Quantcast
Shazam Keeps Your Mac’s Microphone Always On, Even When You Turn It Off

A security researcher has uncovered a potentially creepy feature of the popular app to discover music.

What's that song? On your cellphone, the popular app Shazam is able to answer that question by listening for just a few seconds, as if it were magic. On Apple's computers, Shazam never turns the microphone off, even if you tell it to.

When a user of Shazam's Mac app turns the app "OFF," the app actually keeps the microphone on in the background. For the security researcher who discovered that the mic is always on, it's a bug that users should know about. For Shazam, it's just a feature that makes the app work better.

Read more: After 20 Minutes of Listening, New Adobe Tool Can Make You Say Anything

"There is no privacy issue since the audio is not processed unless the user actively turns the app 'ON.'" James Pearson, the VP of global communications for Shazam, said in an emailed statement. "If the mic wasn't left on, it would take the app longer to both initialize the mic and then start buffering audio, and this is more likely to result in a poor user experience where users 'miss out' on a song they were trying to identify."

Patrick Wardle, a former NSA hacker who now develops free Mac security tools, discovered this issue thanks to his latest software OverSight, which is designed to alert users when apps use their webcam and microphone. After he released OverSight, Wardle received an email from a user who noticed that the security app alerted him that Shazam was still listening even after he had switched the toggle to "off."

Curious about this discovery, and worried his own software might be issuing a false alarm, Wardle reverse engineered the Shazam app to figure out what was happening. After a few hours analyzing the code, Wardle found out that, in fact, Shazam never stops listening, as he explained in a blog post published on Monday.

While this sounds creepy, Wardle said he doesn't believe there's "any malice" in it. In other words, Shazam is not really spying on you, but the app certainly fails to disclose how it works, and "users should know," according to him.

"When I turn something off, 'off' should be 'off,'" Wardle told Motherboard. "It's nice of them to stop processing that data, but yeah, they are still recording all the time."

Pearson confirmed that the app keeps the mic on at all times, but disagreed with Wardle, saying that "there is no bug," as Shazam doesn't save or send audio samples but only "digital fingerprint summaries of the audio."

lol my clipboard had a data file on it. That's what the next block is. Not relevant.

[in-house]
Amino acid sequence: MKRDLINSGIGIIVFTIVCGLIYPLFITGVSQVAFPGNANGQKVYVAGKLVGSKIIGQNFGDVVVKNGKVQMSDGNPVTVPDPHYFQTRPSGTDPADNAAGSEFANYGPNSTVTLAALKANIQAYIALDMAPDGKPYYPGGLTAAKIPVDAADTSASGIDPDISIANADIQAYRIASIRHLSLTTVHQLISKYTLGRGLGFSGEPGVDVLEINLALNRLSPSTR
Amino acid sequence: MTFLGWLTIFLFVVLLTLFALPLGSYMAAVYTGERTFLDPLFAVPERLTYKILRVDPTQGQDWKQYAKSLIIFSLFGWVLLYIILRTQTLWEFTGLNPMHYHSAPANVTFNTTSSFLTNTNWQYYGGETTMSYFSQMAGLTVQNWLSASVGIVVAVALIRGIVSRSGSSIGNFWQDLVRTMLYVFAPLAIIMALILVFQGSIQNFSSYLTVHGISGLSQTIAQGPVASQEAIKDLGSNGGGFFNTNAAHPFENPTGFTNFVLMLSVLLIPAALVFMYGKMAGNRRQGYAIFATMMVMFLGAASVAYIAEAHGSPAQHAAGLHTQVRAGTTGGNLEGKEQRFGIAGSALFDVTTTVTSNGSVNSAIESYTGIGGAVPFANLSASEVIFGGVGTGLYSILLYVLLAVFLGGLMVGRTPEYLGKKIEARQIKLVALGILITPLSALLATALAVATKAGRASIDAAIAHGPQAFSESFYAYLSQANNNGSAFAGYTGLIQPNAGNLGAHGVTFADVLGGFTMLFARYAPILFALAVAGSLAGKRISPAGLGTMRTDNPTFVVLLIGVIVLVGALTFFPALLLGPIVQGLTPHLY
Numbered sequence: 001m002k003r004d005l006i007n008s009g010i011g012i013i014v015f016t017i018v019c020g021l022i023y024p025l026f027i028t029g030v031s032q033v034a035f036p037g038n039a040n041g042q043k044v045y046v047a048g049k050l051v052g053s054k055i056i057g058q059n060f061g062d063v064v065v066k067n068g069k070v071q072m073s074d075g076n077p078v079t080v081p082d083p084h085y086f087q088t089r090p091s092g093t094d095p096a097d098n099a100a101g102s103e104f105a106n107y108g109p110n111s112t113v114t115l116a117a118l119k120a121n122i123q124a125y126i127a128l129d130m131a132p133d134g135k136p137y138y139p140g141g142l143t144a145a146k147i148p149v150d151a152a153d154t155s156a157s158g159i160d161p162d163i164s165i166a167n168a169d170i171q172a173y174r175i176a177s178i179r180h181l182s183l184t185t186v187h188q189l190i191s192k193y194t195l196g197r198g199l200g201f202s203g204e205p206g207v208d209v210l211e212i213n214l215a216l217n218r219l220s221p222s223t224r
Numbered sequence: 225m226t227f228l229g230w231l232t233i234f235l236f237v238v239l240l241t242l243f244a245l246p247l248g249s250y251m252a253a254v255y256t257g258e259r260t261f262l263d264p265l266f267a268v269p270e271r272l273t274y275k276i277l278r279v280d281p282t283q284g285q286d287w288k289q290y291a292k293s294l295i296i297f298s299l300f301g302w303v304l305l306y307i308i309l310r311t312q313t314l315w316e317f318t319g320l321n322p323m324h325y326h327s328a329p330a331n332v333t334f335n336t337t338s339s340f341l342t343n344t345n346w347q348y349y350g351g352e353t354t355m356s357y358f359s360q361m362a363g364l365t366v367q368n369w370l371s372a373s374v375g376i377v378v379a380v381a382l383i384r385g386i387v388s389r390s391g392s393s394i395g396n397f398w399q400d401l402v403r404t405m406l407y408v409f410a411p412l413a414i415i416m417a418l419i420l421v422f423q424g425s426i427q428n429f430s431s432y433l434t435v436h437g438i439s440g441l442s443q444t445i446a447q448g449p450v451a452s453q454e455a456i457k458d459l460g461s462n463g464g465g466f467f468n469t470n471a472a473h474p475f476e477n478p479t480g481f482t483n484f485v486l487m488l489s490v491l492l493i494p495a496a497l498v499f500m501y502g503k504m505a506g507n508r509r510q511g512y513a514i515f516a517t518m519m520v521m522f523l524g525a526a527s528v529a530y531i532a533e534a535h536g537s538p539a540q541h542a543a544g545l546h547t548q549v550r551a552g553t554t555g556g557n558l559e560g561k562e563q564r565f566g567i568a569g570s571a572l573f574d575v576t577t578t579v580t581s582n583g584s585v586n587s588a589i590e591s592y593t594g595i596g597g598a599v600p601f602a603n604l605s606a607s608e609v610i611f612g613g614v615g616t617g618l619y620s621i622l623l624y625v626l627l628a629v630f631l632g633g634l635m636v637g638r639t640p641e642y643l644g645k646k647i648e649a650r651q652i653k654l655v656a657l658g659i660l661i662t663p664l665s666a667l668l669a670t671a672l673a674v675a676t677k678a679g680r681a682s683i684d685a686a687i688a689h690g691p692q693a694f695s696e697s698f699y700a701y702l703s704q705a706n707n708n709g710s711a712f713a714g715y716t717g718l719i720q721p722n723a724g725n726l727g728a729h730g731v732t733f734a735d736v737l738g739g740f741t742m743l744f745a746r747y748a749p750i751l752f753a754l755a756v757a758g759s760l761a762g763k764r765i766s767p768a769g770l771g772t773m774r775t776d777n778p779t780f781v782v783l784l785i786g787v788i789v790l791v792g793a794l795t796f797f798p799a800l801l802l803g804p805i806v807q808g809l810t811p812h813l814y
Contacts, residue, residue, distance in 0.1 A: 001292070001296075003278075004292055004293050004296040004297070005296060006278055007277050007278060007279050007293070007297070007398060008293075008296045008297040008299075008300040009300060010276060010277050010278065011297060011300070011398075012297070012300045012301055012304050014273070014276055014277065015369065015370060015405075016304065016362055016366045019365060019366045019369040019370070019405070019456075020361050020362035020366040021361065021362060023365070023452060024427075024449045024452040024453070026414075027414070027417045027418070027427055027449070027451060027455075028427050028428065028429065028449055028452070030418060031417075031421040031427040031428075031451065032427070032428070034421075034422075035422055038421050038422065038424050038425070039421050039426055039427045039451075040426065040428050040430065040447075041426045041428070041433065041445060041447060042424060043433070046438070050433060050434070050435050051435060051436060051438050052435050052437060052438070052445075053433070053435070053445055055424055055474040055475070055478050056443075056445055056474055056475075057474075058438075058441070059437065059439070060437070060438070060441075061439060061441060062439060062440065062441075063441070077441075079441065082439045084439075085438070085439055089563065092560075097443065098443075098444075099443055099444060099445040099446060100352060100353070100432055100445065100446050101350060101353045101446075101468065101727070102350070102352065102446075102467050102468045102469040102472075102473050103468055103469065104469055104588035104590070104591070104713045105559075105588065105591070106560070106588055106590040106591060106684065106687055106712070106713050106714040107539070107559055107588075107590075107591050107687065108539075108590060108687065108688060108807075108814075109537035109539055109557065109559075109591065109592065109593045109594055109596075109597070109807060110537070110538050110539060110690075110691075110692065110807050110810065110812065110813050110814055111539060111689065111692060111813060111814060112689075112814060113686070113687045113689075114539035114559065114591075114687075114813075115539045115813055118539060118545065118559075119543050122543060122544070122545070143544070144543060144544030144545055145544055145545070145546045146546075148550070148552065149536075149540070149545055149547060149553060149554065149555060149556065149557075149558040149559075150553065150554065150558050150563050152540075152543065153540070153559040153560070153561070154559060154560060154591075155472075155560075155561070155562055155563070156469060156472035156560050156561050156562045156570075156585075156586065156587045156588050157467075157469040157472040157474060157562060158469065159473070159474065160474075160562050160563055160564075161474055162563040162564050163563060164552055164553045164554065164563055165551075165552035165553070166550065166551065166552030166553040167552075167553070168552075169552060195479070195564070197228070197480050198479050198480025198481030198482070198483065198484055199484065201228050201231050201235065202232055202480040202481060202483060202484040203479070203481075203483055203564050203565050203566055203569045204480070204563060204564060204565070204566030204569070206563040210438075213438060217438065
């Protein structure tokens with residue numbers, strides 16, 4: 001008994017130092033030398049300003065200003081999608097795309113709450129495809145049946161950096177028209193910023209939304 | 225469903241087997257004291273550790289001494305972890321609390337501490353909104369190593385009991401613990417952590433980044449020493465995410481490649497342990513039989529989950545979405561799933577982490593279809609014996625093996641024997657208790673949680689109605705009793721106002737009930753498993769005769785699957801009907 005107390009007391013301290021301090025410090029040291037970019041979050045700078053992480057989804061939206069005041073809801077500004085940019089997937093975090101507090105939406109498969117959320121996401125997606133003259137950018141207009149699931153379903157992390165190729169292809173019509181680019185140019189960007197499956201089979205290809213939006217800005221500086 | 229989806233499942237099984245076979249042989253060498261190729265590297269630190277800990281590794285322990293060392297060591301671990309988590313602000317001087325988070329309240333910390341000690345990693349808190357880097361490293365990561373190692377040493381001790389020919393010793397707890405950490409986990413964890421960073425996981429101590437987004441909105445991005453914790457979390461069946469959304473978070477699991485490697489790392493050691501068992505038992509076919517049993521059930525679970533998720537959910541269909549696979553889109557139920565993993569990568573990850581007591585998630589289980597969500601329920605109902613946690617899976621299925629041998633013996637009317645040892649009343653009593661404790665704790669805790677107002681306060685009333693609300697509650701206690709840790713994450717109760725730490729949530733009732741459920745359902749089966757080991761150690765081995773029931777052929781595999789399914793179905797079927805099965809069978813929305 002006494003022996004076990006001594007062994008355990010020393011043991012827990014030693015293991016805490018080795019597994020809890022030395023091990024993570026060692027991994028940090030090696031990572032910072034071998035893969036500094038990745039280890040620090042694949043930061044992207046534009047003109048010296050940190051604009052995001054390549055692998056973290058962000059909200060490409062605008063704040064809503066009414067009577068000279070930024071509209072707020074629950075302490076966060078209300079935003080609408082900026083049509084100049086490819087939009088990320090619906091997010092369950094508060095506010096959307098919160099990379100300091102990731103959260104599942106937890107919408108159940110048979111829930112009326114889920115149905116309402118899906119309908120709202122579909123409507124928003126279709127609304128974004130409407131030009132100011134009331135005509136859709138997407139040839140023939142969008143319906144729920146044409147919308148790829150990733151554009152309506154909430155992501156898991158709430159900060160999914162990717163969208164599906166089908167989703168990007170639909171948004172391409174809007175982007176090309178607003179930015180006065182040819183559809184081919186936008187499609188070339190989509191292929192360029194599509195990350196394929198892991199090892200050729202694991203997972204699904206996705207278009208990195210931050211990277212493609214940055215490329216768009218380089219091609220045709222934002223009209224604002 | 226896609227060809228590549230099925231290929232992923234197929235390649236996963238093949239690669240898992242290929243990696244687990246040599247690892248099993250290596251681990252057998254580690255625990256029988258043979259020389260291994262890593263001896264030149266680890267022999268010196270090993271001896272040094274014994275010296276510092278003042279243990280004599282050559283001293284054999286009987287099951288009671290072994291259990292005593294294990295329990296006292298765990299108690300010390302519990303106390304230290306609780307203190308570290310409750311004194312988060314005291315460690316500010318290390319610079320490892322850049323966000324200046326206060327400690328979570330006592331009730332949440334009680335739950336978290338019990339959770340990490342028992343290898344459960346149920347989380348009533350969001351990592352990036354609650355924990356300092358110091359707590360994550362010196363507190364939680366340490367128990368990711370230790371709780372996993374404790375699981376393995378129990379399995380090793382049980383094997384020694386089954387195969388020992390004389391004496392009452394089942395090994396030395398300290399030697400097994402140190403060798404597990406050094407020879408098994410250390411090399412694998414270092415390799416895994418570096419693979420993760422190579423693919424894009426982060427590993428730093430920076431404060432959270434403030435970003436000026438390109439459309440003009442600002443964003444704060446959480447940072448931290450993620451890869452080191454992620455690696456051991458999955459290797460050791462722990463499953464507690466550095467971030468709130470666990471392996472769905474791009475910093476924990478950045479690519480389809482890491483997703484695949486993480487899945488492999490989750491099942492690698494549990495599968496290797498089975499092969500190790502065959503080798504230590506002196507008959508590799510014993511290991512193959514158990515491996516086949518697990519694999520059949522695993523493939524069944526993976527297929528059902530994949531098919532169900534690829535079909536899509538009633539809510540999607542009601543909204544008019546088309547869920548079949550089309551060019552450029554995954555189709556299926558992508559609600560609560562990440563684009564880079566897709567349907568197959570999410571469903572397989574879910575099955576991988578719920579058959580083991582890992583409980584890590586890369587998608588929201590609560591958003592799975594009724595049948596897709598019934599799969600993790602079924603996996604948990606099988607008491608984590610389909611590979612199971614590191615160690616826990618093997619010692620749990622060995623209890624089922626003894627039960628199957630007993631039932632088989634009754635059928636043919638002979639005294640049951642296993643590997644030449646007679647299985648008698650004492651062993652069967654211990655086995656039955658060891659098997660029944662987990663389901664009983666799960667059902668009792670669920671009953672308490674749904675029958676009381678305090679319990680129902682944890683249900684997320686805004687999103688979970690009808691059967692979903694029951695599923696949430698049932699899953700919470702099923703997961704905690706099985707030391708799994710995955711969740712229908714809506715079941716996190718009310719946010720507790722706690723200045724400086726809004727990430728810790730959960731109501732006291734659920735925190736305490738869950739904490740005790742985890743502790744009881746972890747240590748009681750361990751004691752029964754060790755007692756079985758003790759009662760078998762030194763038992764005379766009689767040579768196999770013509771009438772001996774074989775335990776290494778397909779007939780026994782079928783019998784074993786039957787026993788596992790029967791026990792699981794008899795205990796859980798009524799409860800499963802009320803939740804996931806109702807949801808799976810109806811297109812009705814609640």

Pearson said in a statement that the mic is kept on "for technical reasons" but "no audio is processed, so the user's decision not to leverage our app's functionality is fully respected."

For these reasons, Pearson said Shazam won't change anything in the app, as "we do not have any reason to make changes."

"When I turn something off, 'off' should be 'off.'"

Studying the app's behavior, Wardle was able to confirm that the app doesn't appear to process audio when it's turned off.

"I saw no indication that this recorded data is ever processed (nor saved, exfiltrated, etc)," Wardle wrote in his blog post, which he shared with Motherboard in advance. "However, I still don't like an app that appears to be constantly pulling audio off my computer's internal mic."

For Wardle, that's not good because a piece of malware could inject into the app and piggyback on this feature to surreptitiously record the user, without prompting an alert. And Shazam could change the way the app works and ad "as users we are just going to have to trust they won't."

So is Shazam keeping your mic always-on—even when you switch the app off—a feature or bug? That's up to you to decide. Far what it's worth, Wardle said he deleted the app.

UPDATE, 11/15/2016, 3:30 p.m. ET: Shazam changed its mind on Tuesday, announcing a fix to this issue in the upcoming new version of its Mac app.

"Even though we don't recognize a meaningful risk, the company will be updating its Mac app within the next few days," Shazam's vicepresident of global communications said in a statement.

Get six of our favorite Motherboard stories every day by signing up for our newsletter.